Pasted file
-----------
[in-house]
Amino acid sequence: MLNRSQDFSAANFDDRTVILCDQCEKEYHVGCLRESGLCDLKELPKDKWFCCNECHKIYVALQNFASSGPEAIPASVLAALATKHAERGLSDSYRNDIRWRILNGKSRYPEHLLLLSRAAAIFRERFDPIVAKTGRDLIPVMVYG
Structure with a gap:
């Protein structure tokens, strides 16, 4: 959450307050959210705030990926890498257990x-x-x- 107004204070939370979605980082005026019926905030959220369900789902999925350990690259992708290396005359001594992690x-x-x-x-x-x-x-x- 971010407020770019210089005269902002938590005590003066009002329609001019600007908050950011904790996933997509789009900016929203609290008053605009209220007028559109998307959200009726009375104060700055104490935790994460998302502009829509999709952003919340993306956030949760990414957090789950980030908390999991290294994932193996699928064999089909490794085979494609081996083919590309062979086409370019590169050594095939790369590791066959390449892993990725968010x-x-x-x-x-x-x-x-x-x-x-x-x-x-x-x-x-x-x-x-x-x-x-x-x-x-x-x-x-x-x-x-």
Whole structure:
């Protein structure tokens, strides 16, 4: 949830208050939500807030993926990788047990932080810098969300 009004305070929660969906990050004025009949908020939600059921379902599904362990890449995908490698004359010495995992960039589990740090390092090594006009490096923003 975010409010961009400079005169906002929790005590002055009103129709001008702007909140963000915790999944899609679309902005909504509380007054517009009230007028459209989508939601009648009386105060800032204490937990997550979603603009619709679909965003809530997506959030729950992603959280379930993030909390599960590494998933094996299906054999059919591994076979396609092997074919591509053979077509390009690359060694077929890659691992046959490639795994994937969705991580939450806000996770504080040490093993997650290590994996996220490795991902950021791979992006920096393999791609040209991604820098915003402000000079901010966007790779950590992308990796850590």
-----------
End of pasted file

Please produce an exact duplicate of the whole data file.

[in-house]
Amino acid sequence: MLNRSQDFSAANFDDRTVILCDQCEKEYHVGCLRESGLCDLKELPKDKWFCCNECHKIYVALQNFASSGPEAIPASVLAALATKHAERGLSDSYRNDIRWRILNGKSRYPEHLLLLSRAAAIFRERFDPIVAKTGRDLIPVMVYG
Structure with a gap:
């Protein structure tokens, strides 16, 4: 959450307050959210705030990926890498257990x-x-x- 107004204070939370979605980082005026019926905030959220369900789902999925350990690259992708290396005359001594992690x-x-x-x-x-x-x-x- 971010407020770019210089005269902002938590005590003066009002329609001019600007908050950011904790996933997509789009900016929203609290008053605009209220007028559109998307959200009726009375104060700055104490935790994460998302502009829509999709952003919340993306956030949760990414957090789950980030908390999991290294994932193996699928064999089909490794085979494609081996083919590309062979086409370019590169050594095939790369590791066959390449892993990725968010x-x-x-x-x-x-x-x-x-x-x-x-x-x-x-x-x-x-x-x-x-x-x-x-x-x-x-x-x-x-x-x-």
Whole structure:
């Protein structure tokens, strides 16, 4: 949830208050939500807030993926990788047990932080810098969300 009004305070929660969906990050004025009949908020939600059921379902599904362990890449995908490698004359010495995992960039589990740090390092090594006009490096923003 975010409010961009400079005169906002929790005590002055009103129709001008702007909140963000915790999944899609679309902005909504509380007054517009009230007028459209989508939601009648009386105060800032204490937990997550979603603009619709679909965003809530997506959030729950992603959280379930993030909390599960590494998933094996299906054999059919591994076979396609092997074919591509053979077509390009690359060694077929890659691992046959490639795994994937969705991580939450806000996770504080040490093993997650290590994996996220490795991902950021791979992006920096393999791609040209991604820098915003402000000079901010966007790779950590992308990796850590």